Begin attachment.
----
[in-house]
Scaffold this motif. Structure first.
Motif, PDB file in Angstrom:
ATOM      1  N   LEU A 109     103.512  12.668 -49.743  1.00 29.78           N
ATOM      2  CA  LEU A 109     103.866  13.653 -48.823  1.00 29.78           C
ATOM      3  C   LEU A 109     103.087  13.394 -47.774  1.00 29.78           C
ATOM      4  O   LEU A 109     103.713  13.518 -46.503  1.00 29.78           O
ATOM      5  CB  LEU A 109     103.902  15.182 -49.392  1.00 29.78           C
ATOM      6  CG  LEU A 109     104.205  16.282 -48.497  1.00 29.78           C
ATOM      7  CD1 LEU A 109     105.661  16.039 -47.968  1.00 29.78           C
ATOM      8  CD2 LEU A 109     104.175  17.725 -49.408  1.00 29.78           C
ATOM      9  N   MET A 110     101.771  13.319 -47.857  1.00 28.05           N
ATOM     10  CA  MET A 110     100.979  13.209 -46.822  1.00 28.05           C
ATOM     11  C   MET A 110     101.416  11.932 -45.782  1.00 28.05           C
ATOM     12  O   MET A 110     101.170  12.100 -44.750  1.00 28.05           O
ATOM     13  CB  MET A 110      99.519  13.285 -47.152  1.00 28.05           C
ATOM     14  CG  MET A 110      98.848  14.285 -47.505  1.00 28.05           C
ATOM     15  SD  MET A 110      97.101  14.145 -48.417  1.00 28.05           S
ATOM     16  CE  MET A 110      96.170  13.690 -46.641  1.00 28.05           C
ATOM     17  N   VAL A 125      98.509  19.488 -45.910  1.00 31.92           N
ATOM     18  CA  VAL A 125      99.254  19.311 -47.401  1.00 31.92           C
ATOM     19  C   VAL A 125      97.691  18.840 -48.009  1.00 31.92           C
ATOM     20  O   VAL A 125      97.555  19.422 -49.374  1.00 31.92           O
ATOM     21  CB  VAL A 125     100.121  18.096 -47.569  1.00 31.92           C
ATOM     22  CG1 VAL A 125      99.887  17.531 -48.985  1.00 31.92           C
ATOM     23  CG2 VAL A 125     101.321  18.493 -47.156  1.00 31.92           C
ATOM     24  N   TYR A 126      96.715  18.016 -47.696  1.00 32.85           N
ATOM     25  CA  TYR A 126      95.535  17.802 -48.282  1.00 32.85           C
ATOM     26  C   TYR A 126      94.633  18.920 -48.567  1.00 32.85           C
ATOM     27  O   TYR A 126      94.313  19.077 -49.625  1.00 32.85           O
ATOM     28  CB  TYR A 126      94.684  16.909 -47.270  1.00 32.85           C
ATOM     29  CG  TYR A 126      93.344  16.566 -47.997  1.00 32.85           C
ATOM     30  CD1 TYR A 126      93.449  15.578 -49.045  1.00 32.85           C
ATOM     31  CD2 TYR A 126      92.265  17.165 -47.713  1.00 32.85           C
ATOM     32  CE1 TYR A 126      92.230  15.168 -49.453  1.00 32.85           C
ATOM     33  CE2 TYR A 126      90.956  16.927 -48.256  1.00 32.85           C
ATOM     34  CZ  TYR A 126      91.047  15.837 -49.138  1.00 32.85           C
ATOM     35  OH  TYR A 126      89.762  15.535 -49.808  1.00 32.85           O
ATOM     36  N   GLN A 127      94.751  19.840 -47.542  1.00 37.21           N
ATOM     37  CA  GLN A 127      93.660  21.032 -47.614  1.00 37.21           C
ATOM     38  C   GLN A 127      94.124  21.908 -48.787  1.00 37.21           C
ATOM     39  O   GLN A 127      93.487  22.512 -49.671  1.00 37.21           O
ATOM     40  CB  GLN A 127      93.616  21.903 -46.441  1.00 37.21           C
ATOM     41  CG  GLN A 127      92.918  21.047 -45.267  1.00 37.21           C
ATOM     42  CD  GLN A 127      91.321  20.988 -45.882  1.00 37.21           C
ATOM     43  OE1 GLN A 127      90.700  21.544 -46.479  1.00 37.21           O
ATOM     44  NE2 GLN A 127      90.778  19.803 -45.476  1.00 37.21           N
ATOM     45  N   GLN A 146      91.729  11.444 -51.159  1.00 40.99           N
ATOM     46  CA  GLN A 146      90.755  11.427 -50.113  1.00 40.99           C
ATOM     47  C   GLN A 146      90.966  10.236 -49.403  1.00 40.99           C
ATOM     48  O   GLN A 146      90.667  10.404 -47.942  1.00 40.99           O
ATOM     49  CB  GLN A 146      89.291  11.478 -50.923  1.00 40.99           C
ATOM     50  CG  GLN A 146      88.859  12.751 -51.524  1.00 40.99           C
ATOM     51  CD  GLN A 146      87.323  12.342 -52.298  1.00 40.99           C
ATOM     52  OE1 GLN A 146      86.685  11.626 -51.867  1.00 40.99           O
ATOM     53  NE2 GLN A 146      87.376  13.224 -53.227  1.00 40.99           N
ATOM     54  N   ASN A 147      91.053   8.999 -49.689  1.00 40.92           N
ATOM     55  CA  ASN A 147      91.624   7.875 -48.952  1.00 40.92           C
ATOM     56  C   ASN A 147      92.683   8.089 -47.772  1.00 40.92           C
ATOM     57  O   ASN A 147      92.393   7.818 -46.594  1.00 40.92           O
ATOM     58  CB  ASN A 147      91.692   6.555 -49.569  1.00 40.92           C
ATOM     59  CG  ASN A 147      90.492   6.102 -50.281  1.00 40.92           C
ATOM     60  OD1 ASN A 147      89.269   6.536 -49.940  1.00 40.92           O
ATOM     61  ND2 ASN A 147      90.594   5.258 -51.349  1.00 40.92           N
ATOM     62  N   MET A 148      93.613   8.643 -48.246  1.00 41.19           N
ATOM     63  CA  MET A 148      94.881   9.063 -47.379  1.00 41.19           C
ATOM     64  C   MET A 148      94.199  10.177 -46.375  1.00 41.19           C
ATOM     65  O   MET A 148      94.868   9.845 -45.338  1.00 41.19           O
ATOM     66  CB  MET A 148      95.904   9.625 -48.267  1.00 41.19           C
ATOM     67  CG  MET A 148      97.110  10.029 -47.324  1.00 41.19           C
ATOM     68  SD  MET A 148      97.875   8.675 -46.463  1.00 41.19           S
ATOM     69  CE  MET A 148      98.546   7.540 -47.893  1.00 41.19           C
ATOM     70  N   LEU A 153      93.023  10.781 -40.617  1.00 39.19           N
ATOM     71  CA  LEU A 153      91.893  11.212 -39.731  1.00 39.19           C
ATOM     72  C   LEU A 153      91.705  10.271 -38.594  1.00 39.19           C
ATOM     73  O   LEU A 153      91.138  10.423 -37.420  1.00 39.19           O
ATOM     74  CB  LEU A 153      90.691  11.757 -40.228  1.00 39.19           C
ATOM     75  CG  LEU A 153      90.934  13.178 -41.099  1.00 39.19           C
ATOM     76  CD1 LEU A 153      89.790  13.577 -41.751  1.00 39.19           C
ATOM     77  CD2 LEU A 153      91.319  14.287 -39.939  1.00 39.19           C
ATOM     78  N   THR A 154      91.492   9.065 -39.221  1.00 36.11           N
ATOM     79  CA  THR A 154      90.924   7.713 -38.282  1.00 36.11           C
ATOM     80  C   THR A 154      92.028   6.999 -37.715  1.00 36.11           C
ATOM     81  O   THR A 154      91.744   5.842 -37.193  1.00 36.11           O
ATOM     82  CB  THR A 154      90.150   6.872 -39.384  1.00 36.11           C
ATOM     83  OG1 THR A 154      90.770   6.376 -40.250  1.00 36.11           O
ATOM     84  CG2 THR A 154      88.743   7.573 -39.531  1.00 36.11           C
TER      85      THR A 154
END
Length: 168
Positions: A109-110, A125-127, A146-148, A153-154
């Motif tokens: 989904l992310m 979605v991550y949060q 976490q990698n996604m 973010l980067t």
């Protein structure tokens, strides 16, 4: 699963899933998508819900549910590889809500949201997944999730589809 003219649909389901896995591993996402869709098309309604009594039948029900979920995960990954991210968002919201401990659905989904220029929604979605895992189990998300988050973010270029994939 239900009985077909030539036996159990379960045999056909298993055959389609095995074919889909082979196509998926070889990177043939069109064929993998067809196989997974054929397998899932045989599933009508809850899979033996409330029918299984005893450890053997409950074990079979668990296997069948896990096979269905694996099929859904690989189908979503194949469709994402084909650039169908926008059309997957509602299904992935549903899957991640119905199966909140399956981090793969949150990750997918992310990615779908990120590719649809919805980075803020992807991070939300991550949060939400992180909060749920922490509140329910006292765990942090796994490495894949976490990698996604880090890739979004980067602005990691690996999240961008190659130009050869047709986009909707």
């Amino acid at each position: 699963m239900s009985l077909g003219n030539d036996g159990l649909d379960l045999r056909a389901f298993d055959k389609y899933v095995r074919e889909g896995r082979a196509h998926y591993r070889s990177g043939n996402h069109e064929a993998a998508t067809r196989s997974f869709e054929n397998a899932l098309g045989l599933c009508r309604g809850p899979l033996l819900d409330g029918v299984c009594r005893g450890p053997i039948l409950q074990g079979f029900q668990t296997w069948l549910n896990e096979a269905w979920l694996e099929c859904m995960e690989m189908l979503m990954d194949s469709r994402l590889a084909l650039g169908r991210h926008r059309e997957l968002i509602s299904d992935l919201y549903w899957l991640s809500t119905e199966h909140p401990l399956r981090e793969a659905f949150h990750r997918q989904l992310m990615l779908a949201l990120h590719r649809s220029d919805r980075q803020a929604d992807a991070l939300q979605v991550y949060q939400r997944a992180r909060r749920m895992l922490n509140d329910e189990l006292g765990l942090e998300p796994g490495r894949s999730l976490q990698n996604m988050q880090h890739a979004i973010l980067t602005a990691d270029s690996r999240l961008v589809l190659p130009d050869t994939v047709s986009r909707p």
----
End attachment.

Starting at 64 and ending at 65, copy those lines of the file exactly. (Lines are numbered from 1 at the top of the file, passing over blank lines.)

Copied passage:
ATOM     61  ND2 ASN A 147      90.594   5.258 -51.349  1.00 40.92           N
ATOM     62  N   MET A 148      93.613   8.643 -48.246  1.00 41.19           N